I was spellbound by this book. I'm very interested in all the new brain research going on now, but this was not just scientific research. It was about a real person whose body attacked her brain, and all she went through in her month-long hospital stay before doctors came up with an answer and a treatment plan. Amazing story!
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Product Details

My Month of Madness
Cahalan, Susannah
Free Press
Biography - General
Susannah Cahalan, Brain on Fire, Auto-immune disorder, medical mystery, non-fiction, memoir, diagnosis, memory, bestseller, award-winning, psychosis, madness, anti-nmda-receptor encephalitis
Edition Description:
Publication Date:
23 bandamp;w illus t-o
9 x 6 in

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Health and Self-Help » Psychology » Mind and Consciousness
Health and Self-Help » Self-Help » Memoirs

Brain on Fire: My Month of Madness Used Hardcover
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Product details 288 pages Free Press - English 9781451621372 Reviews:
"Publishers Weekly Review" by , "In 2009, Cahalan was in a serious relationship and her career as a reporter at the New York Post was taking off. But suddenly, as she tells it in this engaging memoir, she began suffering from a bizarre amalgam of debilitating symptoms including memory loss, paranoia, and severe psychosis that left her in a catatonic state that moved her close to death. Physicians remained baffled until one extraordinary doctor determined that Cahalan was 'in the grip of some kind of autoimmune disease.' Released from the hospital after 28 days, she had no memory of her stay there. DVDs recorded in the hospital were the only link she had to her startling condition. 'Without this electronic evidence, I could never have imagined myself capable of such madness and misery,' she writes. Focusing her journalistic toolbox on her story, Cahalan untangles the medical mystery surrounding her condition. She is dogged by one question: 'How many other people throughout history suffered from my disease and others like it but went untreated? The question is made more pressing by the knowledge that even though the disease was discovered in 2007, some doctors I spoke to believe that it's been around at least as long as humanity has.' A fast-paced and well-researched trek through a medical mystery to a hard-won recovery." Publishers Weekly Copyright PWxyz, LLC. All rights reserved.
"Review" by , "The bizarre and confounding illness that beset the 24-year-old New York Post reporter in early 2009 so ravaged her mentally and physically that she became unrecognizable to coworkers, family, friends, and — most devastatingly — herself....She dedicates this miracle of a book to 'those without a diagnosis'....[An] unforgettable memoir."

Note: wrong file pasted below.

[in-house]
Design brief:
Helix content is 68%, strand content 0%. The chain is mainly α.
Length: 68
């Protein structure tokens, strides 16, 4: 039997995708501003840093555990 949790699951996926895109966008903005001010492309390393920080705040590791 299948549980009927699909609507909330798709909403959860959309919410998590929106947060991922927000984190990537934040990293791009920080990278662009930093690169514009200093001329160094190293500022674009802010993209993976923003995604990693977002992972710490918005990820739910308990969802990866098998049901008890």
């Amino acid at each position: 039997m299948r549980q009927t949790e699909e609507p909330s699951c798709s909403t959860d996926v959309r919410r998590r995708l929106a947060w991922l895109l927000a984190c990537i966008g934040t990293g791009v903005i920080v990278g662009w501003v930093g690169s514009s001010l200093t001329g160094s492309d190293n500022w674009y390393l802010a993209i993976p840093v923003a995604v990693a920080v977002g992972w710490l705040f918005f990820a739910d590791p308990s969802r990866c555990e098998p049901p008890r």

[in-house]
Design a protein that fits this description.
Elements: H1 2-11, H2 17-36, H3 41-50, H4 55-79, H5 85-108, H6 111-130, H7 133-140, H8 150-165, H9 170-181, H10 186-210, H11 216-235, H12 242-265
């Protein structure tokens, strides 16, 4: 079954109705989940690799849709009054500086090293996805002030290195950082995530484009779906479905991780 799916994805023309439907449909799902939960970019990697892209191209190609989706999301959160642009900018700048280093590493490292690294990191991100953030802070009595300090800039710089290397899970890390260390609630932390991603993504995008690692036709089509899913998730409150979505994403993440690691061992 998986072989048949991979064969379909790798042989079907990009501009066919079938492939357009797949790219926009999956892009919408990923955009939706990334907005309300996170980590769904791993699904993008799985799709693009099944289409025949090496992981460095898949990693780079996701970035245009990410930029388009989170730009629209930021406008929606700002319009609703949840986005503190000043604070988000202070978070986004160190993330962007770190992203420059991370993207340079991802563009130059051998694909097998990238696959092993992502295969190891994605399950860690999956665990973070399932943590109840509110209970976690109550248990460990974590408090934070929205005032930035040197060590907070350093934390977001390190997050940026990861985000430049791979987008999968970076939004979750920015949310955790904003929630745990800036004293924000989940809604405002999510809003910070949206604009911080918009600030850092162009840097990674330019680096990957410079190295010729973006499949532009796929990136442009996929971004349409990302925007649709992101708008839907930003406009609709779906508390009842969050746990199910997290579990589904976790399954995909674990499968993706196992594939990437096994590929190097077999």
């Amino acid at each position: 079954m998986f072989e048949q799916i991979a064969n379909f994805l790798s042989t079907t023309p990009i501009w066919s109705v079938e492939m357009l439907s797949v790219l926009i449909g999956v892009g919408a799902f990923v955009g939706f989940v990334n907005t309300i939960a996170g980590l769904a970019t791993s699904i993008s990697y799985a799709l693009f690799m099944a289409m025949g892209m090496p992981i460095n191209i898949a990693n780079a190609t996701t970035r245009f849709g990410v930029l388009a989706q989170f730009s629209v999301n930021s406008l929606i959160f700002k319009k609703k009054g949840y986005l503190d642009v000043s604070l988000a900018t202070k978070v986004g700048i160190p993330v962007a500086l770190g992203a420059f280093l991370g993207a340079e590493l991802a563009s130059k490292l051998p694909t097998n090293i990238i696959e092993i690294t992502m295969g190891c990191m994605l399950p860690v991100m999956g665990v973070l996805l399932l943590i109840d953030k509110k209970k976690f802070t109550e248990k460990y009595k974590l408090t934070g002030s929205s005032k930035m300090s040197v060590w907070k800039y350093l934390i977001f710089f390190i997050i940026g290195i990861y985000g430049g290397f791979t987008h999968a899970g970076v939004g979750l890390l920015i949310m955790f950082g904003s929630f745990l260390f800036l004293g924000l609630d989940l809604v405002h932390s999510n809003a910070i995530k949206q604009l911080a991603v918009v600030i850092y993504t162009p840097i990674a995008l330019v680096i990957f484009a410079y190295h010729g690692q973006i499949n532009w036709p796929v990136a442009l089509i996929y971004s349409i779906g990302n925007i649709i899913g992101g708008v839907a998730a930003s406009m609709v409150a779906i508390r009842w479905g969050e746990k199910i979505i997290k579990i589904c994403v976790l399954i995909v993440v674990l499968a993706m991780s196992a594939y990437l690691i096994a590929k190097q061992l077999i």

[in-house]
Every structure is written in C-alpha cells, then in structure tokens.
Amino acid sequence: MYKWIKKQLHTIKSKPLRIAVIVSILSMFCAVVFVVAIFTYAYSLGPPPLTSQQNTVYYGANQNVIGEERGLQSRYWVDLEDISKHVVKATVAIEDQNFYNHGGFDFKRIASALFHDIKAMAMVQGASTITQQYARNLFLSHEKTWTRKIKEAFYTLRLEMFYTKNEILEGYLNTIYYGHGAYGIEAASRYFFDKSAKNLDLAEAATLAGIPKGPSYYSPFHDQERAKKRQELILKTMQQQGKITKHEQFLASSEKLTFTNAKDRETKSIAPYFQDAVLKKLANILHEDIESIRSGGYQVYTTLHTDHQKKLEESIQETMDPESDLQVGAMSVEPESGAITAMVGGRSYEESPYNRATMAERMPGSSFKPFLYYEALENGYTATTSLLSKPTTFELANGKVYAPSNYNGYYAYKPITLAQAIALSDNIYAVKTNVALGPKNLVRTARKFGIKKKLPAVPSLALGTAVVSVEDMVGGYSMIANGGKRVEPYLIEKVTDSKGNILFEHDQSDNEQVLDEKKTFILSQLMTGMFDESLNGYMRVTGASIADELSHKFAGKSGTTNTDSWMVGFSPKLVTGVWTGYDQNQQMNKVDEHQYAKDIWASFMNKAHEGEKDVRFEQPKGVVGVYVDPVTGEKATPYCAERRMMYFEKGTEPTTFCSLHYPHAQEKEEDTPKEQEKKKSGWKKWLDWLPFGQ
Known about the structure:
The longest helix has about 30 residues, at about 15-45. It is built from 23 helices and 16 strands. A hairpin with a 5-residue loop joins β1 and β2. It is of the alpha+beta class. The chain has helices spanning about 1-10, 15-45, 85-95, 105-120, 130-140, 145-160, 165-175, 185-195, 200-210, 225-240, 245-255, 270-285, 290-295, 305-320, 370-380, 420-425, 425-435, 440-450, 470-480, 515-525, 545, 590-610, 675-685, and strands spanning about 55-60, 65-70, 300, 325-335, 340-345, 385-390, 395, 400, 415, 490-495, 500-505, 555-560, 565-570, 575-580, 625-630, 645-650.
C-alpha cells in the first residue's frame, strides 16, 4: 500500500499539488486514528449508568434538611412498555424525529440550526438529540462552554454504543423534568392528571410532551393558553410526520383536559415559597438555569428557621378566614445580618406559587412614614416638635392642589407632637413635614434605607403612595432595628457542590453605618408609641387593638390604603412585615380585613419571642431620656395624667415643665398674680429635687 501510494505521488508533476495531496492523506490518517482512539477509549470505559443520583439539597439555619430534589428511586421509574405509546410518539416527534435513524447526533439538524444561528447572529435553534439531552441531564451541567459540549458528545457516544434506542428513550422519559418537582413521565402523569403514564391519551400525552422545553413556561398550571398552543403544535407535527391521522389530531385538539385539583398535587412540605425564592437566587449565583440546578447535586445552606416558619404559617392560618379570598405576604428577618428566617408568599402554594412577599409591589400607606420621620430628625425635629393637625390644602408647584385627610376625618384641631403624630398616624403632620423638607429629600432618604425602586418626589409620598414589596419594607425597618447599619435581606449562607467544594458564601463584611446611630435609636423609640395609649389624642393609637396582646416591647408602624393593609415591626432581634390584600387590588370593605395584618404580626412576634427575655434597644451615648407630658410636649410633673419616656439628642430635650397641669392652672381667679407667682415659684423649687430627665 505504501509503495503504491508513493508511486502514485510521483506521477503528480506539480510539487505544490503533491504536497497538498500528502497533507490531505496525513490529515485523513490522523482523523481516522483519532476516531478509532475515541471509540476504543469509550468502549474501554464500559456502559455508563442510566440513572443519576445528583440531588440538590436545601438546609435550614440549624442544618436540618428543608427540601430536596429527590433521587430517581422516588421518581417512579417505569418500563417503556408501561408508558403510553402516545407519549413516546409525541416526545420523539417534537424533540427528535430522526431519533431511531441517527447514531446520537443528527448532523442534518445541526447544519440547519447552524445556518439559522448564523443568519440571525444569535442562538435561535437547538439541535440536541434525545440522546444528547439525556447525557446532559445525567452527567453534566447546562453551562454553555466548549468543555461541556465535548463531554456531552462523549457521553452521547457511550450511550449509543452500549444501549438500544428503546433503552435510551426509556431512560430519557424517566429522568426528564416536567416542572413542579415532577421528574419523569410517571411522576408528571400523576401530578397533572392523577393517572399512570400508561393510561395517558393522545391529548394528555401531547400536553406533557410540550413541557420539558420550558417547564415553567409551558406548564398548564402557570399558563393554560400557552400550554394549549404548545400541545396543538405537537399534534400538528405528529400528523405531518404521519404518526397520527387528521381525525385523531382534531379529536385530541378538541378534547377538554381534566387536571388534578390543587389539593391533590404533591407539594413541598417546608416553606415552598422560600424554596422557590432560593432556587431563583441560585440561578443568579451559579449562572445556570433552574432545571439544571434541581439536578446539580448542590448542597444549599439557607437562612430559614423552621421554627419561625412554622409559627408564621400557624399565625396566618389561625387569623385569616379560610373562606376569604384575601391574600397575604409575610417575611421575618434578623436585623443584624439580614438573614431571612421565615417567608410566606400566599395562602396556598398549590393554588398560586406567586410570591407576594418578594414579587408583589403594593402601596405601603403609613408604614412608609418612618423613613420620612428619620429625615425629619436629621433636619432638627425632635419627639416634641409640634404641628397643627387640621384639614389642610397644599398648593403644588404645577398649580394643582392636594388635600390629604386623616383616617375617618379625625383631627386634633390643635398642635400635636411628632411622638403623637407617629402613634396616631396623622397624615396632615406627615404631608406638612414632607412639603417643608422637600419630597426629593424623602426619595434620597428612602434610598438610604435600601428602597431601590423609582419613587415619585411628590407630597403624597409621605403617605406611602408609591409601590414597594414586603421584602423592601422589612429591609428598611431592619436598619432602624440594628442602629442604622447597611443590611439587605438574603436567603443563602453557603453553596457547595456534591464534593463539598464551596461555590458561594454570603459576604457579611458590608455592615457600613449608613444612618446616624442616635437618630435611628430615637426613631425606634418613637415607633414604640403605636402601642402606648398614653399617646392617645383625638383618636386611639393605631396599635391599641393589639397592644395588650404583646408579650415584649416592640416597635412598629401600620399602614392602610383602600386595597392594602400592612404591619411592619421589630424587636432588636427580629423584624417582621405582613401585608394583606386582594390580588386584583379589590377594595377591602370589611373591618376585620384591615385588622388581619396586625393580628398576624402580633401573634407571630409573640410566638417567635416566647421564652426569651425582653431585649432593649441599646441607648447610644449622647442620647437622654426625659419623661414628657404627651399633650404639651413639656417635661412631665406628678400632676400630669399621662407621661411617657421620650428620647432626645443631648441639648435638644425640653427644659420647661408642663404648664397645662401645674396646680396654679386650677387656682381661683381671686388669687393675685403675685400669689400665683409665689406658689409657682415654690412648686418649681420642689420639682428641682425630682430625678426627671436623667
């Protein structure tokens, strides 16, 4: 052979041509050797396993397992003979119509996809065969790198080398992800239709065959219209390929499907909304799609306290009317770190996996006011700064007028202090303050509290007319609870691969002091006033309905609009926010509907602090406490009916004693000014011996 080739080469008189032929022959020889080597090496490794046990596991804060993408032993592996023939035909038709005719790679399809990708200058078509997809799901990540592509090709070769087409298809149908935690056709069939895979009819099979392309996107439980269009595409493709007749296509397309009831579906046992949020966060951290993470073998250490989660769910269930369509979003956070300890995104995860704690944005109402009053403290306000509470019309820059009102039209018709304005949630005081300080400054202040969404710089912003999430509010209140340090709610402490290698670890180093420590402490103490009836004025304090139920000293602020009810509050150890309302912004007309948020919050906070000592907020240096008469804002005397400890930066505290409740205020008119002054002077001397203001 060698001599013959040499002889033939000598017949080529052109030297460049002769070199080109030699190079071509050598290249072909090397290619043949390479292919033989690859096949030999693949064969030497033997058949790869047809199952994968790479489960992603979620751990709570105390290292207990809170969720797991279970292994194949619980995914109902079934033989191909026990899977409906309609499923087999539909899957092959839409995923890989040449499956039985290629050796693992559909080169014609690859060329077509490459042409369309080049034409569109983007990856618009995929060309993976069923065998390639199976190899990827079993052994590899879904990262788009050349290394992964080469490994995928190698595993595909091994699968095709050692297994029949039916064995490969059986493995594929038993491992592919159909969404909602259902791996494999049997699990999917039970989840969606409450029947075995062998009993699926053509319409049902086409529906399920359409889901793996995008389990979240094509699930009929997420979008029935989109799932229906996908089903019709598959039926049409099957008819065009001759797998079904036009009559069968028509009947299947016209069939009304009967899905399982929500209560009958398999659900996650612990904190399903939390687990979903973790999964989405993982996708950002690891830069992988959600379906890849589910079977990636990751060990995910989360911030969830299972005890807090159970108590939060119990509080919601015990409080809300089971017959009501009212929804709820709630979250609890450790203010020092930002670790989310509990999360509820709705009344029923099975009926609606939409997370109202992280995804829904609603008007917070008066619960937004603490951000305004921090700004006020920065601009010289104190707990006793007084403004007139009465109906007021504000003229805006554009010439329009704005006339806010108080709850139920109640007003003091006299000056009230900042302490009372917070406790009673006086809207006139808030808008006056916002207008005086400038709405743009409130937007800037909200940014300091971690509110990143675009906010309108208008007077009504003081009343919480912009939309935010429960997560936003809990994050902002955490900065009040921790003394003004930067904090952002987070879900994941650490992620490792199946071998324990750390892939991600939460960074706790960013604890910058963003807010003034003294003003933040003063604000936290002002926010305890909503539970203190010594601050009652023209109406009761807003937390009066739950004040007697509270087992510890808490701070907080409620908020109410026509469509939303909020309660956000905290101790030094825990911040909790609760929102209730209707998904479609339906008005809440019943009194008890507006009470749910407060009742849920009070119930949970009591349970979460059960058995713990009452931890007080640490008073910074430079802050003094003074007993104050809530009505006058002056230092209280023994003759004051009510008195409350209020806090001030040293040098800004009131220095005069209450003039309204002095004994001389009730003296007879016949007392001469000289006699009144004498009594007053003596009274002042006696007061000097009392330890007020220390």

"Review" by , "Swift and haunting."
"Review" by , "This fascinating memoir by a young New York Post reporter...describes how she crossed the line between sanity and insanity...Cahalan expertly weaves together her own story and relevant scientific information...compelling."
"Review" by , "For the neurologist, I highly recommend this book on several grounds....First, it is a well-told story, worth reading for the suspense and the dramatic cadence of events....Second, it is a superb case study of a rare neurologic diagnosis; even experienced neurologists will find much to learn in it....Third, and most important, it gives the neurologist insight into how a patient and her family experienced a complex illness, including the terrifying symptoms, the difficult pace of medical diagnosis, and the slow recovery. This story clearly contains lessons for all of us."
"Review" by , "Focusing her journalistic toolbox on her story, Cahalan untangles the medical mystery surrounding her condition....A fast-paced and well-researched trek through a medical mystery to a hard-won recovery."
"Review" by , "Brain on Fire is a stunningly brave book....[It] comes from a place of intense pain and unthinkable isolation, but finds redemption in Cahalan's unflagging, defiant toughness. It's an unexpected gift of a book from one of America's most courageous young journalists."
"Synopsis" by , A gripping memoir and medical suspense story about a young New York Post reporter’s struggle with a rare and terrifying disease, opening a new window into the fascinating world of brain science.

One day, Susannah Cahalan woke up in a strange hospital room, strapped to her bed, under guard, and unable to move or speak. Her medical records — from a month-long hospital stay of which she had no memory — showed psychosis, violence, and dangerous instability. Yet, only weeks earlier she had been a healthy, ambitious twenty-four year old, six months into her first serious relationship and a sparkling career as a cub reporter.

Susannah’s astonishing memoir chronicles the swift path of her illness and the lucky, last-minute intervention led by one of the few doctors capable of saving her life. As weeks ticked by and Susannah moved inexplicably from violence to catatonia, $1 million worth of blood tests and brain scans revealed nothing. The exhausted doctors were ready to commit her to the psychiatric ward, in effect condemning her to a lifetime of institutions, or death, until Dr. Souhel Najjar — nicknamed Dr. House — joined her team. He asked Susannah to draw one simple sketch, which became key to diagnosing her with a newly discovered autoimmune disease in which her body was attacking her brain, an illness now thought to be the cause of “demonic possessions” throughout history.

With sharp reporting drawn from hospital records, scientific research, and interviews with doctors and family, Brain on Fire is a crackling mystery and an unflinching, gripping personal story that marks the debut of an extraordinary writer.